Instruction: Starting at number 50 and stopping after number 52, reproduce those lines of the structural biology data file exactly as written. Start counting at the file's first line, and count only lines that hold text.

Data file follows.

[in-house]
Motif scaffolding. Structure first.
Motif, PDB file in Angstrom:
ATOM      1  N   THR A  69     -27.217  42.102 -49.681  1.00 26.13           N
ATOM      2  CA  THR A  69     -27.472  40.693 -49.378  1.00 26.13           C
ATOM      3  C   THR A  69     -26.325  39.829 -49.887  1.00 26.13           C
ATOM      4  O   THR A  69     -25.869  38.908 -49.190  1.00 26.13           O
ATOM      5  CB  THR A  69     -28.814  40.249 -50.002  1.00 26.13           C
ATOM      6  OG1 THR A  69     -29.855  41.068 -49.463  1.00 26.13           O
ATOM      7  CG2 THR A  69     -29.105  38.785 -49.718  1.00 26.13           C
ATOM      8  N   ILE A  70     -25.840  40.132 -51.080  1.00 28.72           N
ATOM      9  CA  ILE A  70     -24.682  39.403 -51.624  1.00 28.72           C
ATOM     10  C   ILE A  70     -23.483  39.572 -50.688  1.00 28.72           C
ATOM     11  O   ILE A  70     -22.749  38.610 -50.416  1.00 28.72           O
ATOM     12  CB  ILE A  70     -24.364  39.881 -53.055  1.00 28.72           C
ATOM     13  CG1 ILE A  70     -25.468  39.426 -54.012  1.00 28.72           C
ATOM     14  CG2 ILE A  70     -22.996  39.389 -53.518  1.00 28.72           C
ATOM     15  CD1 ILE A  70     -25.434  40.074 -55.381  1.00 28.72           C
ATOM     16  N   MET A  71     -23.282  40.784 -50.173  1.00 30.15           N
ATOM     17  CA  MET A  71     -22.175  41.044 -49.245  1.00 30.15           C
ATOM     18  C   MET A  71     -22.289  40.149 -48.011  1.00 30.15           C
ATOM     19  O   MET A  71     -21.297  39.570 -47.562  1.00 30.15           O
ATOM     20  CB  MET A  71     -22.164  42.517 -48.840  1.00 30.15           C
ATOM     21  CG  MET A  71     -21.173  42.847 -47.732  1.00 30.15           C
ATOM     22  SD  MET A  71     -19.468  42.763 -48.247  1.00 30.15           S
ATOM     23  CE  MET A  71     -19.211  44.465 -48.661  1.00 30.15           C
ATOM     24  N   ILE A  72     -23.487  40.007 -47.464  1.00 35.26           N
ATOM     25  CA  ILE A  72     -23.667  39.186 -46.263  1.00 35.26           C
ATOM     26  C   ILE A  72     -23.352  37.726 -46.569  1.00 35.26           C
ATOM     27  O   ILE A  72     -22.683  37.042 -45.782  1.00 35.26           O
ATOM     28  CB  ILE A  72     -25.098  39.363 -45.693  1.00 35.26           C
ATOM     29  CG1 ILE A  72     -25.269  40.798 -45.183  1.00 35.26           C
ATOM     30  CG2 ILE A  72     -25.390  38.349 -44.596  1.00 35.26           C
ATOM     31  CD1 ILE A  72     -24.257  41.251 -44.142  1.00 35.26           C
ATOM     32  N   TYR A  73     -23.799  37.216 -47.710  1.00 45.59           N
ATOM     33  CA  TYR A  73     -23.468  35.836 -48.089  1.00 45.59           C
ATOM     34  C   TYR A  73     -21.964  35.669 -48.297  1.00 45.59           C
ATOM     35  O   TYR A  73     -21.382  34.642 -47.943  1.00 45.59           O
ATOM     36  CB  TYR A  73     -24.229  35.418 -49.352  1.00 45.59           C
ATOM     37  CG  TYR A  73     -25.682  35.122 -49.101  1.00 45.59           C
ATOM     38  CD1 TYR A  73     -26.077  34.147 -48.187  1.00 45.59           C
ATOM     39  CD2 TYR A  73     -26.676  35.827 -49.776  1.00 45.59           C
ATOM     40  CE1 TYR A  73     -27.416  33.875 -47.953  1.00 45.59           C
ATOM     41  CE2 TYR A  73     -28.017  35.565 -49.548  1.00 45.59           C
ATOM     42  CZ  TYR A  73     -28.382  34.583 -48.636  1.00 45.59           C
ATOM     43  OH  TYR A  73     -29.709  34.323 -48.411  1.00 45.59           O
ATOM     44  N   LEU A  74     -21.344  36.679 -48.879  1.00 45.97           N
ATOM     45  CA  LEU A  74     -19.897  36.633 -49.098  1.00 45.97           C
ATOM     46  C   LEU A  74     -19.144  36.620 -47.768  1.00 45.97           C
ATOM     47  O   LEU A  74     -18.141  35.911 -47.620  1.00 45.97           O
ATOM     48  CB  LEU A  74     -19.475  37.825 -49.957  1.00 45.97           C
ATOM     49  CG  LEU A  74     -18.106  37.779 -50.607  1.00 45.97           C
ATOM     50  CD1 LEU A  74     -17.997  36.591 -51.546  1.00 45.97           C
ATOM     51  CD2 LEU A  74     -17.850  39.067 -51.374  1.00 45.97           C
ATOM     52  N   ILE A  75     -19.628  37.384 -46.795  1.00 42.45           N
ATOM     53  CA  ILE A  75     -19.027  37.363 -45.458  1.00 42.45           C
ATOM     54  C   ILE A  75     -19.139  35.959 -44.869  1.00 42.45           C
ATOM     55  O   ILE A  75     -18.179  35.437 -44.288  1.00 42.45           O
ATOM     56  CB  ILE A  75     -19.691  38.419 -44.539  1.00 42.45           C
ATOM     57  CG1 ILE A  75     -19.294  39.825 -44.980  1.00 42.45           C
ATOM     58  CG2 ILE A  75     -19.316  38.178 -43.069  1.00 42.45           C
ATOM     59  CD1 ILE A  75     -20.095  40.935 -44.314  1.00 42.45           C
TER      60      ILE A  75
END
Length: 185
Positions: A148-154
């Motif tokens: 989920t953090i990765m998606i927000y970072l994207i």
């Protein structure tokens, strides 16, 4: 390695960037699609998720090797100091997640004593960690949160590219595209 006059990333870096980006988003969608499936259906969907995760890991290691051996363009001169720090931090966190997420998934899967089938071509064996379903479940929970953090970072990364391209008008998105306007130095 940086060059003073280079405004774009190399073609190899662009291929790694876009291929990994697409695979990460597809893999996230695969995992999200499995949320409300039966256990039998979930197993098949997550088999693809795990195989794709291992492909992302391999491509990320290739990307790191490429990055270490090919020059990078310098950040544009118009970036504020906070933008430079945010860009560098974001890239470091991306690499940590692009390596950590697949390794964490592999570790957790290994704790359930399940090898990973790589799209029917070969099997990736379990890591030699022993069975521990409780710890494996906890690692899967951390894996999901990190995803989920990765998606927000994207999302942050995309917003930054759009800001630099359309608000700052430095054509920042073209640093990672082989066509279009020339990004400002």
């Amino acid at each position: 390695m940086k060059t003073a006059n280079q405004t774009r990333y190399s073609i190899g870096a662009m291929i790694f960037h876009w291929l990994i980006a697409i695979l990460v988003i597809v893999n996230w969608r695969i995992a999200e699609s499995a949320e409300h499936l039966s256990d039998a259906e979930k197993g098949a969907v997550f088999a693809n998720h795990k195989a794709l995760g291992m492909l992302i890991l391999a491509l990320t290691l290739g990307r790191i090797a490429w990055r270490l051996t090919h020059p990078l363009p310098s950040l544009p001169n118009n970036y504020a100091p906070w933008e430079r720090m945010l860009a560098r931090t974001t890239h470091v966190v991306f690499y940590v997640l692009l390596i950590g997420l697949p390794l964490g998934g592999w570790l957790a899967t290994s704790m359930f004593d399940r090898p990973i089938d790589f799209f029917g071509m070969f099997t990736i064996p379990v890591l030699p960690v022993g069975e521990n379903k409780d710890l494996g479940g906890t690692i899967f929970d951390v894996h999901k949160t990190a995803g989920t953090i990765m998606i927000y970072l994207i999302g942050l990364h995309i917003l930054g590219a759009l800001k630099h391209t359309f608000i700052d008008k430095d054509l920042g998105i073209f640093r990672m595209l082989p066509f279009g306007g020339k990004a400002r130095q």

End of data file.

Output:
ATOM     47  O   LEU A  74     -18.141  35.911 -47.620  1.00 45.97           O
ATOM     48  CB  LEU A  74     -19.475  37.825 -49.957  1.00 45.97           C
ATOM     49  CG  LEU A  74     -18.106  37.779 -50.607  1.00 45.97           C